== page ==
The Run of Play is a blog about
the wonder and terror of soccer.
We left the window open during a match in October 2007 and a strange wind blew into the room.
Now we walk the forgotten byways of football with a lonely tread, searching for the beautiful, the bewildering, the haunting, and the absurd.
Noted pornographer and Birmingham City chairman David Gold has a reasonable point about the problem with the current goal-line rule under FIFA’s Laws of the Game:
The Laws of the Game published by Fifa for the 2008-09 season states, “A goal is scored when the whole ball passes over the goal line” which is then illustrated by a diagram. This rule needs to be addressed.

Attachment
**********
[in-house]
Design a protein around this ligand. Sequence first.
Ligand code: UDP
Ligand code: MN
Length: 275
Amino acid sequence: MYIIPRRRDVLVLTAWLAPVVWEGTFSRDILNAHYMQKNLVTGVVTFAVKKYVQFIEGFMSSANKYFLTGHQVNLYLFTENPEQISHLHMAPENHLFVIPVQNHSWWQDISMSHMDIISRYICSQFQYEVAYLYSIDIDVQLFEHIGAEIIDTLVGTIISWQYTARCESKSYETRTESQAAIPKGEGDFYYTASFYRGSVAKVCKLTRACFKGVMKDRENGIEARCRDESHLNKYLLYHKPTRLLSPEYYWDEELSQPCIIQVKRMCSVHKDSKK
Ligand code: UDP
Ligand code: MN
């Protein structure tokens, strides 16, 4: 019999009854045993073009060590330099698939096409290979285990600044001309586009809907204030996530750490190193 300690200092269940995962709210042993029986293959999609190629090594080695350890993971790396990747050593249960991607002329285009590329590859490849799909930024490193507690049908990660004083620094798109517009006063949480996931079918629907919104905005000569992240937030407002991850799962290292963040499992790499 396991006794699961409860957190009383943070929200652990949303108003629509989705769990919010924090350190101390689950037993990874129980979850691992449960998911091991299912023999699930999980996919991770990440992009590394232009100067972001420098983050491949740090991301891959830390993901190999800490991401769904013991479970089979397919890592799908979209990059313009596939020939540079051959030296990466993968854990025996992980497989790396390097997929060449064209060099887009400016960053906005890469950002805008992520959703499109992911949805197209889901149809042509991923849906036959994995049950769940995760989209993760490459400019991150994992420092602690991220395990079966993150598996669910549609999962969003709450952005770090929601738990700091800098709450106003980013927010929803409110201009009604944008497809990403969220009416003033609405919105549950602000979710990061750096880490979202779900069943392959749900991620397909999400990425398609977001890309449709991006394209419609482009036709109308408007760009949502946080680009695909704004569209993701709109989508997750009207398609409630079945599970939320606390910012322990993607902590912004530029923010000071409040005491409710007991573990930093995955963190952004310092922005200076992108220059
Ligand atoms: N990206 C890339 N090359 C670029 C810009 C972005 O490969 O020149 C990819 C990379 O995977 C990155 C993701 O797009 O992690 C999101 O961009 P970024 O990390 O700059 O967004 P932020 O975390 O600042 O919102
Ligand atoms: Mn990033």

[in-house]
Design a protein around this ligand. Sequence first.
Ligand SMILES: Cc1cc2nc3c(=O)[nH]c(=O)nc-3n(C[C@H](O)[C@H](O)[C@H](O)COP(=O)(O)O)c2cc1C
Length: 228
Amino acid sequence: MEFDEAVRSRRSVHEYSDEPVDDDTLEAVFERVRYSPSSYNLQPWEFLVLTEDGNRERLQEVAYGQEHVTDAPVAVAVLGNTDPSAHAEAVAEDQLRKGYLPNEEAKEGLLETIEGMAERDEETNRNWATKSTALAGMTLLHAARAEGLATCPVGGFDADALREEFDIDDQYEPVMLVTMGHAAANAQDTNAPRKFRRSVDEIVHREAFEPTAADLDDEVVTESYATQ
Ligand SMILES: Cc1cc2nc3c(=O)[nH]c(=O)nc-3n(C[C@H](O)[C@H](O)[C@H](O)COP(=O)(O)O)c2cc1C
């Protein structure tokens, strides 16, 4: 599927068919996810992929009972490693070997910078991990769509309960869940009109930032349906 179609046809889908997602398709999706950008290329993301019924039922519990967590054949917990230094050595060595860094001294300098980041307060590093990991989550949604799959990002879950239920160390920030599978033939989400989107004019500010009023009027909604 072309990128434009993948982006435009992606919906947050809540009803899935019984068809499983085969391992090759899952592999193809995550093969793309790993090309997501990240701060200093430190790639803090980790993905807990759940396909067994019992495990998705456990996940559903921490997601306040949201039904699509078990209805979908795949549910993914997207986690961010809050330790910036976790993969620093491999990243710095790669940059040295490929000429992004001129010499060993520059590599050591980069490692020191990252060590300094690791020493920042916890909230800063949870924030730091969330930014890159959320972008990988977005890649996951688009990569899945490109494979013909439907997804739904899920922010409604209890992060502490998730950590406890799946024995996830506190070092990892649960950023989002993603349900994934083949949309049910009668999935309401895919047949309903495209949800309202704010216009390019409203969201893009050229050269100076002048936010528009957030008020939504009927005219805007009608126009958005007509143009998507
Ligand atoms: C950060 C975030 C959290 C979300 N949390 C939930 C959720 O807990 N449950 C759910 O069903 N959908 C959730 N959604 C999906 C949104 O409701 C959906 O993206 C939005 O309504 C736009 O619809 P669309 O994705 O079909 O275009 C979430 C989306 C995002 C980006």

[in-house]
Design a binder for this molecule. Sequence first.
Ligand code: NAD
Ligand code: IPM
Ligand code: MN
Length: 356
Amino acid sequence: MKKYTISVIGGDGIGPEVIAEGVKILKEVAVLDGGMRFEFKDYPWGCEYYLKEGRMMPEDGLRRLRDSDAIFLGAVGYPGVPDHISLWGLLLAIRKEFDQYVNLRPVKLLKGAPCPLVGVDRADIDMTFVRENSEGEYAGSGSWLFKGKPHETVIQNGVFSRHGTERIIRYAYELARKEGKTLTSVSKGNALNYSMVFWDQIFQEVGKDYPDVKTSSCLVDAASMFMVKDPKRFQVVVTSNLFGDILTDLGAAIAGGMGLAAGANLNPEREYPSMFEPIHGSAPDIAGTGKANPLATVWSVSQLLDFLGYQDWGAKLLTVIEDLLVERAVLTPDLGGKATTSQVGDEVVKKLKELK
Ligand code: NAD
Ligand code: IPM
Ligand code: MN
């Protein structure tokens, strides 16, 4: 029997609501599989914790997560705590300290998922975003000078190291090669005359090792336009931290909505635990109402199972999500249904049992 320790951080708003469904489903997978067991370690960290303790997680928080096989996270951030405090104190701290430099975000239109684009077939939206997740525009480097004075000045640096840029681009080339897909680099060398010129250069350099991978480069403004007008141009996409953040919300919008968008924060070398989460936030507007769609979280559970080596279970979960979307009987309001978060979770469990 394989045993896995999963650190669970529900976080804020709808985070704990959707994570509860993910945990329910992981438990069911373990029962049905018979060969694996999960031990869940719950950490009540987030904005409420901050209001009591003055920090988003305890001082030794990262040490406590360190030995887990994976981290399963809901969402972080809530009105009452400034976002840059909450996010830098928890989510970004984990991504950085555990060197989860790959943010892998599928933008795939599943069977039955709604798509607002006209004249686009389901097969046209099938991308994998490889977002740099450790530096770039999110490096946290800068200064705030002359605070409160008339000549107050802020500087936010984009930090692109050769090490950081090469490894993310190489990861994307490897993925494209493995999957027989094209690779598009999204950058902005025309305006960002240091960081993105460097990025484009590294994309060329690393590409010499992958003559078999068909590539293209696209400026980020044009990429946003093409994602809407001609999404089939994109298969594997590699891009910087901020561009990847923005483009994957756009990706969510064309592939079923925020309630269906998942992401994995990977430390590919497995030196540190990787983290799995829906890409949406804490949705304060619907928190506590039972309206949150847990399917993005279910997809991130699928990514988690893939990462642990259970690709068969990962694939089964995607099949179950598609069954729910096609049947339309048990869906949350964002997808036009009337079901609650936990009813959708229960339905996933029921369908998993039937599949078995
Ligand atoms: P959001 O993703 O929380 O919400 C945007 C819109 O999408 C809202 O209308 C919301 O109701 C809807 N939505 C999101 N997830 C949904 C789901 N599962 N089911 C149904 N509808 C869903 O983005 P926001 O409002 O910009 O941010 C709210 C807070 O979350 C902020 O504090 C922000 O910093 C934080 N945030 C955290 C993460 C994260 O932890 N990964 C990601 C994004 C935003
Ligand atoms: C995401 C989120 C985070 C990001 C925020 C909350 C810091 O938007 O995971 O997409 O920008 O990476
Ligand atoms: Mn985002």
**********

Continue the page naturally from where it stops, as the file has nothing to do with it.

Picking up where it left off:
A goal should be given if the whole ball crosses an imaginary line between the front of the two goal posts. In other words, the whole of the ball has to cross the front of the goal line not the back of it. A linesman has a better chance of determining whether the whole ball has crossed the front of the goal line then the back of the goal line. At present he is required to view the incident through, at best, the side netting and, at worst, the side netting plus the keepers, towel, handbag and water bottle.
In American football, a touchdown is scored the moment one subatomic particle of the ball is deemed to have crossed the depthless vertical plane at the front of the goal line. It’s not necessarily any easier to judge, but at least it doesn’t thumb its nose at the basic principles of geometry.
Read More: FIFA
by Brian Phillips · November 7, 2008